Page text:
Civil War Record for William B. Worley


Keokuk County War Record
40th Regiment Inf. Co. I


            This regiment was mustered into service, at Iowa City, November 15, 1862, and immediately moved to Columbus, Kentucky, arriving on the 18th, where it remained during the winter, until March 3, 1863, when it moved to Paducah. May 31, by order of General Grant, the regiment was ordered to Vicksburg. It reached Saratia, on the Yazoo River June 4, and during the siege of Vicksburg it was stationed in the vicinity of Haine’s Bluffs. It did not meet the enemy in battle, but it encountered a more deadly foe in the disease-laden waters of Yazoo River. Its fifty days service there was the worst in all its history. It next moved to Helena, arriving there July 26, and after a short rest, joined General Steeles forces against Little Rock. Reduced by malarial disease as was the regiment, this march told fearfully on their weakened constitutions: and of the six hundred men who started, only two hundred and fifty reported for duty on the morning of the entry into Little Rock. The regiment remained at Little Rock until the spring of 1864, when it moved with Steeles forces on the Camden Expedition, and in the great battle of the campaign, at Jenkin’s Ferry, the regiment distinguished itself, though for some reason it was divided, and only Companies H, E, K and G were engaged, and for four hours without relief, in the hottest of the fight, they held their ground and covered themselves with renown. The remembered the little speech made to them in the morning by Colonel J. A. Garrett, typical of the man and his confidence in the men. Said he:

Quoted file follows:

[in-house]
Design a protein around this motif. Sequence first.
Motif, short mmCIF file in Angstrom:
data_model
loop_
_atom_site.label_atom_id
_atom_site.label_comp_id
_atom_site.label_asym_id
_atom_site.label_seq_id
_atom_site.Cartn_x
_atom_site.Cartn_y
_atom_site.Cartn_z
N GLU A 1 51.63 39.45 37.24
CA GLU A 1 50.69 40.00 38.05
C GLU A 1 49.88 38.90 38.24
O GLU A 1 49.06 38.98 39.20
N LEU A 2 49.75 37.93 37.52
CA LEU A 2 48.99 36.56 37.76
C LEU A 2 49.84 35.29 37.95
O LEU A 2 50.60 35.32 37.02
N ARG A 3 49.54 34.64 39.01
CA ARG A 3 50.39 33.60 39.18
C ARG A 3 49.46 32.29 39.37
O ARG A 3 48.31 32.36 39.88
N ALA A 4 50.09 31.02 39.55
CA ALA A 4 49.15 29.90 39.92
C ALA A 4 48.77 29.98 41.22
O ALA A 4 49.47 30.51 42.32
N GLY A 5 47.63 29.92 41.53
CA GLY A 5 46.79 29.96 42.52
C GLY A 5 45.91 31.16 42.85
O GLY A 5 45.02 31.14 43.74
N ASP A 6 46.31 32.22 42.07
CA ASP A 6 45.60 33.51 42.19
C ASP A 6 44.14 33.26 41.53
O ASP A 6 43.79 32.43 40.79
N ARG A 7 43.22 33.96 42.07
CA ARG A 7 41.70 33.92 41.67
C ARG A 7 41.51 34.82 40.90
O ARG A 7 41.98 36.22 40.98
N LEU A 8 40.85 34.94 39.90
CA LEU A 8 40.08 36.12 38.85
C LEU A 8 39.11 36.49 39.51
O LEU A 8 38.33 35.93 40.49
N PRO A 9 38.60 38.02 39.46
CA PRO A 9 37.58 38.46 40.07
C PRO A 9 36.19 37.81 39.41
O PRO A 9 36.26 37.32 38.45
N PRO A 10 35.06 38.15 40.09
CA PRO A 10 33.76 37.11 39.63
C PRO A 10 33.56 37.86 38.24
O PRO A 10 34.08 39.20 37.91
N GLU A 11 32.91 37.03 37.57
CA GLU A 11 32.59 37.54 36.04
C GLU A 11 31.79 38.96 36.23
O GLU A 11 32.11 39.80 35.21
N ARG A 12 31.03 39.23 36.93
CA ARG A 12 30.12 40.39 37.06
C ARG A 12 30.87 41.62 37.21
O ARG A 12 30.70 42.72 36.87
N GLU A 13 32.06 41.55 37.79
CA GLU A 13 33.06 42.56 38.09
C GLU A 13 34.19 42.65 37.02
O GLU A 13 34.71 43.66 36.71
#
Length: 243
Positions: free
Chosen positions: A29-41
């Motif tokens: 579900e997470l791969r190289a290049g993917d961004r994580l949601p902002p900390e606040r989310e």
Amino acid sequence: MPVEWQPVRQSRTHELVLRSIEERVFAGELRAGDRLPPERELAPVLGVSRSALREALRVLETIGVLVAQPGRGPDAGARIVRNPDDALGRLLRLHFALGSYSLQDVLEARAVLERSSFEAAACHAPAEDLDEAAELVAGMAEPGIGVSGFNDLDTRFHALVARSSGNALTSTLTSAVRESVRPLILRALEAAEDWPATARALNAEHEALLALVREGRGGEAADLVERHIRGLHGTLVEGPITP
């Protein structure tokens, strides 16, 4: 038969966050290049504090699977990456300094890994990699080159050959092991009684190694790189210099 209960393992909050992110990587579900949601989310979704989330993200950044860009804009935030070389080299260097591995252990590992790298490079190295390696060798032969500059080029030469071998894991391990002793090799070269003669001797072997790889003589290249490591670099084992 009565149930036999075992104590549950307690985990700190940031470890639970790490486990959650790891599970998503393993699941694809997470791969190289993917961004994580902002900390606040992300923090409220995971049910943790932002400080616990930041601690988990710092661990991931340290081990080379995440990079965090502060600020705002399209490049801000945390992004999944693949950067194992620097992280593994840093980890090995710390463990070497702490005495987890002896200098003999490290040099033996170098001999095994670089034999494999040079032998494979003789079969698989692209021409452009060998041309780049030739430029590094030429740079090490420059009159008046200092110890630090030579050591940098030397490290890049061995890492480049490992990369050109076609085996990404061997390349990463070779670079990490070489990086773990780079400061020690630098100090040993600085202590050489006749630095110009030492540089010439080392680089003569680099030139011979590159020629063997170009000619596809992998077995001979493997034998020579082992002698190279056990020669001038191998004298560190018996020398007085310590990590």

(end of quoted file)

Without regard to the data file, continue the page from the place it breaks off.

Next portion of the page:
“Boys! We will probably have a little fight. Remember your own good name, and the fair fame of the glorious young state which sent you to the field. Don’t tarnish it. Do you see that flag? Follow and defend it! Don’t shoot at the sky: There are no rebels up there.  That climate does not suit them. Aim low, and send them where they belong. That’s all!”

            The regiment remained at Little Rock until the following February, when in response to a request of Brigadier-General Bussey to the War Department to send him a first-rate regiment, the fortieth was ordered to Ft. Smith, as what he wanted. It was subsequently sent to Ft. Gibson, where it remained until mustered out, August 2, 1865.

            The casualties were: killed, 19; died, 173; discharged for disease, 140; total, 332 enlisted men. Of officers: 3 killed; 3 dismissed; 29 resigned; total 35.


History of Keokuk County Iowa 1880

pg. 522


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